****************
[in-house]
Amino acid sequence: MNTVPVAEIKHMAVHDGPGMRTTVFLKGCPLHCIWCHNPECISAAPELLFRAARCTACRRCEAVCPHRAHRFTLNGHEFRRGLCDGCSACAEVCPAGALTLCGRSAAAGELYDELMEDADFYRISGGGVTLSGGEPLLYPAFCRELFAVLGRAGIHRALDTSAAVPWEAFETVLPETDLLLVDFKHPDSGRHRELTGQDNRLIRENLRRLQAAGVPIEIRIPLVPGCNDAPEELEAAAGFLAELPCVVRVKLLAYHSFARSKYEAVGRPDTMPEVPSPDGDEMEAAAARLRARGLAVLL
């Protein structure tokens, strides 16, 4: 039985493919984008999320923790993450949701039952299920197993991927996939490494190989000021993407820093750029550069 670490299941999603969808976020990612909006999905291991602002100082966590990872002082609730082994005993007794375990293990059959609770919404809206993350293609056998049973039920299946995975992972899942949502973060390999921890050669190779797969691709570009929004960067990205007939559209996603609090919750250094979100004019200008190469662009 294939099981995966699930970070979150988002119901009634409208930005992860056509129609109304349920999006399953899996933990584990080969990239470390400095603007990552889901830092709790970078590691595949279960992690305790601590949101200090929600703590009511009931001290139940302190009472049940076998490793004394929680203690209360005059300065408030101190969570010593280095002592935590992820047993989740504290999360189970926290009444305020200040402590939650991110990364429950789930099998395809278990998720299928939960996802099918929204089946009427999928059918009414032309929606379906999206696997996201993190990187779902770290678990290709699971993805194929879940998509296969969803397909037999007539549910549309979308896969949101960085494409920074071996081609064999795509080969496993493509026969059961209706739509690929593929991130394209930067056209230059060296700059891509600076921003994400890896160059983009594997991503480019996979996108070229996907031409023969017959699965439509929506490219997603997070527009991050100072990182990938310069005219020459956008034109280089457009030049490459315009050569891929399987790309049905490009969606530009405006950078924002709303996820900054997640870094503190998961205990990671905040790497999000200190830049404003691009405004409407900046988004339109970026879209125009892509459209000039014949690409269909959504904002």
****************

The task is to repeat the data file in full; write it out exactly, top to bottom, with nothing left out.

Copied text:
[in-house]
Amino acid sequence: MNTVPVAEIKHMAVHDGPGMRTTVFLKGCPLHCIWCHNPECISAAPELLFRAARCTACRRCEAVCPHRAHRFTLNGHEFRRGLCDGCSACAEVCPAGALTLCGRSAAAGELYDELMEDADFYRISGGGVTLSGGEPLLYPAFCRELFAVLGRAGIHRALDTSAAVPWEAFETVLPETDLLLVDFKHPDSGRHRELTGQDNRLIRENLRRLQAAGVPIEIRIPLVPGCNDAPEELEAAAGFLAELPCVVRVKLLAYHSFARSKYEAVGRPDTMPEVPSPDGDEMEAAAARLRARGLAVLL
């Protein structure tokens, strides 16, 4: 039985493919984008999320923790993450949701039952299920197993991927996939490494190989000021993407820093750029550069 670490299941999603969808976020990612909006999905291991602002100082966590990872002082609730082994005993007794375990293990059959609770919404809206993350293609056998049973039920299946995975992972899942949502973060390999921890050669190779797969691709570009929004960067990205007939559209996603609090919750250094979100004019200008190469662009 294939099981995966699930970070979150988002119901009634409208930005992860056509129609109304349920999006399953899996933990584990080969990239470390400095603007990552889901830092709790970078590691595949279960992690305790601590949101200090929600703590009511009931001290139940302190009472049940076998490793004394929680203690209360005059300065408030101190969570010593280095002592935590992820047993989740504290999360189970926290009444305020200040402590939650991110990364429950789930099998395809278990998720299928939960996802099918929204089946009427999928059918009414032309929606379906999206696997996201993190990187779902770290678990290709699971993805194929879940998509296969969803397909037999007539549910549309979308896969949101960085494409920074071996081609064999795509080969496993493509026969059961209706739509690929593929991130394209930067056209230059060296700059891509600076921003994400890896160059983009594997991503480019996979996108070229996907031409023969017959699965439509929506490219997603997070527009991050100072990182990938310069005219020459956008034109280089457009030049490459315009050569891929399987790309049905490009969606530009405006950078924002709303996820900054997640870094503190998961205990990671905040790497999000200190830049404003691009405004409407900046988004339109970026879209125009892509459209000039014949690409269909959504904002």